Feature

Borehole water: Experts proffer solutions to contamination

…fault Lagos commissioner’s claim

The proliferation of private wells and boreholes for domestic water consumption in Lagos raises important questions. It also calls to question the danger inherent in such practices as pointed out recently by the Lagos State Commissioner for Health, Prof. Akin Abayomi, who last week raised the alarm that water from such sources is not fit for human consumption. Isioma Madike captures the reactions of experts in that area.

Reactions have been pouring in since last week after the Lagos State Commissioner for Health, Prof. Akin Abayomi, urged Lagos residents to exercise caution with regards to the consumption of water from boreholes. Abayomi had warned that water from boreholes and wells in Lagos is not suitable for animals talk less of humans. According to the commissioner, tests conducted in parts of the state confirmed its contamination by very dangerous pathogens.

The presence of very dangerous pathogens in water aquifers, he said, has been confirmed in water from boreholes around Lagos, noting that some residents have even come down with infections after consuming borehole water. But, the National President of Nigeria Borehole Drillers Association (AWDROP), Engineer Michael Ale, who reacted almost immediately has criticised the comment credited to the commissioner, saying instead that failure of the government to properly manage the water sector and the borehole industry was responsible for unsafe drinking water in the state.

In his submission, Ale, insisted that failure to provide productive and responsive leadership in virtually all sectors on the part of the government has been responsible for the unsafe drinking water from the boreholes in the state. According to him “the alarm being raised over unsafe drinking water in Lagos is an indication of a failed government’s system. Nobody should be blamed but the government.

Though the Water Expert acknowledged that the commissioner might be saying the obvious, he however blamed the government’s long term abandonment of professionalism in the sector as the major cause. Ale, who is equally an expert in Water, Sanitation and hygiene (WASH), said: “Yes, l agree with the commissioner’s submission, long term abandonment of professionalism is playing out in the borehole drilling industry. But professionally handled boreholes are safe for consumption. “The fact is all water is at its raw state and unsafe until it is declared safe by the practitioner and laboratory scientists.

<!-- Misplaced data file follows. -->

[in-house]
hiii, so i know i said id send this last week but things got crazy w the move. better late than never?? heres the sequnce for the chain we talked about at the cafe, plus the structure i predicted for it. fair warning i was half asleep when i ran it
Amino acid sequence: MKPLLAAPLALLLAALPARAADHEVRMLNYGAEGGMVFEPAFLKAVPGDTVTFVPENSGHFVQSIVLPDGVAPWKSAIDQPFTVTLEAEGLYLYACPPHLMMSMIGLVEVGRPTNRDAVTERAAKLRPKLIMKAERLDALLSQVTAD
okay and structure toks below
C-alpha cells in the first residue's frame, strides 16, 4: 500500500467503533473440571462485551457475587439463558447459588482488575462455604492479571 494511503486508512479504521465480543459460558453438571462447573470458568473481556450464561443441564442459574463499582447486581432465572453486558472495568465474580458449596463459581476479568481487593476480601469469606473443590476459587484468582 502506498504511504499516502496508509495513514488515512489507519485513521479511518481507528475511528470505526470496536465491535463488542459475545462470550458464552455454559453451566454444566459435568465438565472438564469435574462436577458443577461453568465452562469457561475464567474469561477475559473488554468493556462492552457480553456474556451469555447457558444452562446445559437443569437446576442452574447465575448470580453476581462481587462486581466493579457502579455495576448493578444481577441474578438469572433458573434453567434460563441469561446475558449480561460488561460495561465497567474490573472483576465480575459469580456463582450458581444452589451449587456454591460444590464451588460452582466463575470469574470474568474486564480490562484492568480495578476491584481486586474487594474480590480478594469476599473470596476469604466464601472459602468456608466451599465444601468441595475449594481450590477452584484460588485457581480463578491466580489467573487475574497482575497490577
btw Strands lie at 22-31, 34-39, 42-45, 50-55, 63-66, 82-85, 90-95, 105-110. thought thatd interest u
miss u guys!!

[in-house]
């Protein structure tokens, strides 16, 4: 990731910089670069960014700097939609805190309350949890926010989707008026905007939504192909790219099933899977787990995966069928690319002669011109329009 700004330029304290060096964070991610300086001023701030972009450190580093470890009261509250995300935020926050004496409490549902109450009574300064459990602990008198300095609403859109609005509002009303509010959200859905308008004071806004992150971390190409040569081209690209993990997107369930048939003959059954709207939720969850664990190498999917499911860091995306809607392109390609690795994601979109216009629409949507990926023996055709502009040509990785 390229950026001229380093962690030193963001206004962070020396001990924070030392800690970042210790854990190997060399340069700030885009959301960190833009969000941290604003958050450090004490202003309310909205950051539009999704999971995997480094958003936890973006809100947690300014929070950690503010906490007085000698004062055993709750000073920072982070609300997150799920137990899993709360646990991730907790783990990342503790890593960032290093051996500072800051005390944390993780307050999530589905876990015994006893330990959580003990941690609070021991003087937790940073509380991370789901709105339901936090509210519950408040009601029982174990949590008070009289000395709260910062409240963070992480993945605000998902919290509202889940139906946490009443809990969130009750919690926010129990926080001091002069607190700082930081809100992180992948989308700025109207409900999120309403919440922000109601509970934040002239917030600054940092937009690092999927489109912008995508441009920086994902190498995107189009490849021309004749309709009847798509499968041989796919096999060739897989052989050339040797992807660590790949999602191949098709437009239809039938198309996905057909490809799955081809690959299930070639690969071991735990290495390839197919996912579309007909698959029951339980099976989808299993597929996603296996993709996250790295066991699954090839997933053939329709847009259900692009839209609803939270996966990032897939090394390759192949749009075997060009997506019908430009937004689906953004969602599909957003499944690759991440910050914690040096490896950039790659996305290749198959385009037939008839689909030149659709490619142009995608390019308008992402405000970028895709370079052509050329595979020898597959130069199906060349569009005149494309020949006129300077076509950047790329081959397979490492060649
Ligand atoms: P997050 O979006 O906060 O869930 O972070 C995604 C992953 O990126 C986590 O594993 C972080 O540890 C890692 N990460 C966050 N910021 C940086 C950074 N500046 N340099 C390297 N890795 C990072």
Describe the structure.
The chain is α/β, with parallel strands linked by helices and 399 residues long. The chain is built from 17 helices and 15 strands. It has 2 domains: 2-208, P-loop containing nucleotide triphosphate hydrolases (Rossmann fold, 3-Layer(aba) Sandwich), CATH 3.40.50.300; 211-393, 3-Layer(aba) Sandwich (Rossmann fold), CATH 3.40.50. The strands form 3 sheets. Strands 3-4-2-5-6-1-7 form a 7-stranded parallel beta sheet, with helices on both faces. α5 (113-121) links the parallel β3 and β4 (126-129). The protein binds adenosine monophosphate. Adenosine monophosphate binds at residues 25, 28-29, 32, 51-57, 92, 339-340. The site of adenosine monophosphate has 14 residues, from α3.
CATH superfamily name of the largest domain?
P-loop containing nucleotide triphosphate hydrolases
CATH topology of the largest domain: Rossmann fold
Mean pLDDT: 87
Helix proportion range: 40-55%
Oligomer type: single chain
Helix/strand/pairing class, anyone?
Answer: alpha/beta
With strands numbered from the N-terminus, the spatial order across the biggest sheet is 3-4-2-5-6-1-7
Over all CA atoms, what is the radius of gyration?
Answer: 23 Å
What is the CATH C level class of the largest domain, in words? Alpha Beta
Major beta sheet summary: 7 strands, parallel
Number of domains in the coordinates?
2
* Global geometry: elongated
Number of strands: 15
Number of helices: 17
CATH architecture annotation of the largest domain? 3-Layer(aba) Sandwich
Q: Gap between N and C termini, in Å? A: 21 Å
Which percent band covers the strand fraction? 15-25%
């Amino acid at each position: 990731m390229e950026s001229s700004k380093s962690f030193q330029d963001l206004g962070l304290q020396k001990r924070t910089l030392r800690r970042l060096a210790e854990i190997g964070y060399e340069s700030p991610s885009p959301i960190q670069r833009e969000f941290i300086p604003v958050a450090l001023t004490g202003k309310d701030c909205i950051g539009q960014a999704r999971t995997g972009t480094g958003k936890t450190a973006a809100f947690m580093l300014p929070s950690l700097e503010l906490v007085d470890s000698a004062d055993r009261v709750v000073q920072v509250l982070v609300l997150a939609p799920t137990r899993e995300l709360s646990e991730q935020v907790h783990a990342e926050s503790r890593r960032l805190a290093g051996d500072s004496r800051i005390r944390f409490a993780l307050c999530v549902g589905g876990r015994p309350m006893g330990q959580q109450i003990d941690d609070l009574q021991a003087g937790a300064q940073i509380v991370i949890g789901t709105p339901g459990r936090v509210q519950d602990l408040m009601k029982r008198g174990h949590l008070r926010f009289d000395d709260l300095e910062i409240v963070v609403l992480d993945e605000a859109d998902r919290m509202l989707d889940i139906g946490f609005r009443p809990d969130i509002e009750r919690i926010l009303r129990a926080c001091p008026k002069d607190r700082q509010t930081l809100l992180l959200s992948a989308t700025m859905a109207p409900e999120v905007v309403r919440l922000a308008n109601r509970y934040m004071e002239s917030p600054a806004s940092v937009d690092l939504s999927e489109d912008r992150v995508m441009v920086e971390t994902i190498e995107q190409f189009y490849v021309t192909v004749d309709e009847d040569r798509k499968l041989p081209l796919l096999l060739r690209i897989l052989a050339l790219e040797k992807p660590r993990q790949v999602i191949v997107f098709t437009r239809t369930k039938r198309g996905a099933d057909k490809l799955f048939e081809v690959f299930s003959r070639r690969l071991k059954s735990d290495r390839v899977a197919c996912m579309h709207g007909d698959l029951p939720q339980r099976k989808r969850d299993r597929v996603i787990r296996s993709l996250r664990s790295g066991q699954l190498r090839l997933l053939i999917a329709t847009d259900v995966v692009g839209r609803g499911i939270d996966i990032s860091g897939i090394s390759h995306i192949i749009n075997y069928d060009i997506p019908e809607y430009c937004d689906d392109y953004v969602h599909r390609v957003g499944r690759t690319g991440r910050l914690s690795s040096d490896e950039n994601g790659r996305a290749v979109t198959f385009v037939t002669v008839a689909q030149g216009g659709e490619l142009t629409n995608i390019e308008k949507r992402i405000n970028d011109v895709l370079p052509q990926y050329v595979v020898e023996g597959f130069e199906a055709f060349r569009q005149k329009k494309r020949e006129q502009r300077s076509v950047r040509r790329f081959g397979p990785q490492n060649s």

So, no need to fear, we should just abide by professional practitioners, if we don’t want to have a long threatening disease.” He did not stop there but advised Lagos State Government “to have proper water security and Governance structure. Then allocate enough budgets for water resources management, train more professionals in the sector and educate people on water quality, among other precautionary measures.”

While urging government at all levels to wake up to their responsibility,especially in the area of managing development oriented sectors such as the water sector, he allayed the fears of the Lagos State government that water from the boreholes in the state is unsafe for drinking, clarifying that professionally handled boreholes have safe drinking water.

He said his association, which comprises professional borehole drillers, can assist the Lagos State’s Ministry of Health in training practitioners, who will provide professional services in the area in focus. “What our association can do is to partner with the Ministry of Health in organising programmes through which we will train practitioners in the drilling industry in professional practice and also set a code of practice for Lagos drilling operations,” Ale added. He said as professionals, his association has the wherewithal to solve the unsafe water issues once and for all.

”We have the template to make things work in Lagos State. We should be invited to make our presentation,” he said. Also, the managing director of Cooha Borehole Companies, Ojota, Lagos, John Chinedu Owo, in his reaction said the commissioner ought to be specific on his criteria of assessment of borehole water in the state. “If soak away is his major concern, for instance, we can’t categorise the whole Lagos. We have different formations in Lagos.

Those lower depths are mainly on the Island like Lekki and parts of Apapa. Those zones, the silt level in some of those places is high and in the middle. Those who try to tap from such sources will end up doing a borehole of 10 or 15 meters. Those are the people who you can say their hole is closer to septic tanks. “If the septic tank is some metres far from where the borehole is dug, it cannot be categorised that the water from the septic tank can enter the borehole. If the drilling of such a shallow borehole is properly done, surface water won’t enter it and the septic tank is far from the borehole is dug then there will be no need for pollution. 20 or 30 metres away from the soak away will not get there.